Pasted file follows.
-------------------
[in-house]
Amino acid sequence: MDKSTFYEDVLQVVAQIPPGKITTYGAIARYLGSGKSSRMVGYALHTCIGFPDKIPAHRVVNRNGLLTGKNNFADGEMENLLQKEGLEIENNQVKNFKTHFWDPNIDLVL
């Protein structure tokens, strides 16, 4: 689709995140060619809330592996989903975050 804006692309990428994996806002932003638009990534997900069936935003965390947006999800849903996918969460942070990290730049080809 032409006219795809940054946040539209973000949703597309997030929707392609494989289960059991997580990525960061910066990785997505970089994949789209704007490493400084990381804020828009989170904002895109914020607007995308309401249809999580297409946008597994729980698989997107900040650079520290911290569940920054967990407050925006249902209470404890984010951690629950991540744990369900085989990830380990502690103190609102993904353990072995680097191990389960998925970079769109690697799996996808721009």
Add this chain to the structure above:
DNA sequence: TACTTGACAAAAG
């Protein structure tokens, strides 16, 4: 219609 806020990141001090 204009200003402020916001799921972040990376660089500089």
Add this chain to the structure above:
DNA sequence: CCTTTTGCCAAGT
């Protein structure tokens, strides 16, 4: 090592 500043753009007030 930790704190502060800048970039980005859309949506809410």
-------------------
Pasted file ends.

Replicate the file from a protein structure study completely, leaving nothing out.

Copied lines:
[in-house]
Amino acid sequence: MDKSTFYEDVLQVVAQIPPGKITTYGAIARYLGSGKSSRMVGYALHTCIGFPDKIPAHRVVNRNGLLTGKNNFADGEMENLLQKEGLEIENNQVKNFKTHFWDPNIDLVL
């Protein structure tokens, strides 16, 4: 689709995140060619809330592996989903975050 804006692309990428994996806002932003638009990534997900069936935003965390947006999800849903996918969460942070990290730049080809 032409006219795809940054946040539209973000949703597309997030929707392609494989289960059991997580990525960061910066990785997505970089994949789209704007490493400084990381804020828009989170904002895109914020607007995308309401249809999580297409946008597994729980698989997107900040650079520290911290569940920054967990407050925006249902209470404890984010951690629950991540744990369900085989990830380990502690103190609102993904353990072995680097191990389960998925970079769109690697799996996808721009």
Add this chain to the structure above:
DNA sequence: TACTTGACAAAAG
């Protein structure tokens, strides 16, 4: 219609 806020990141001090 204009200003402020916001799921972040990376660089500089």
Add this chain to the structure above:
DNA sequence: CCTTTTGCCAAGT
């Protein structure tokens, strides 16, 4: 090592 500043753009007030 930790704190502060800048970039980005859309949506809410």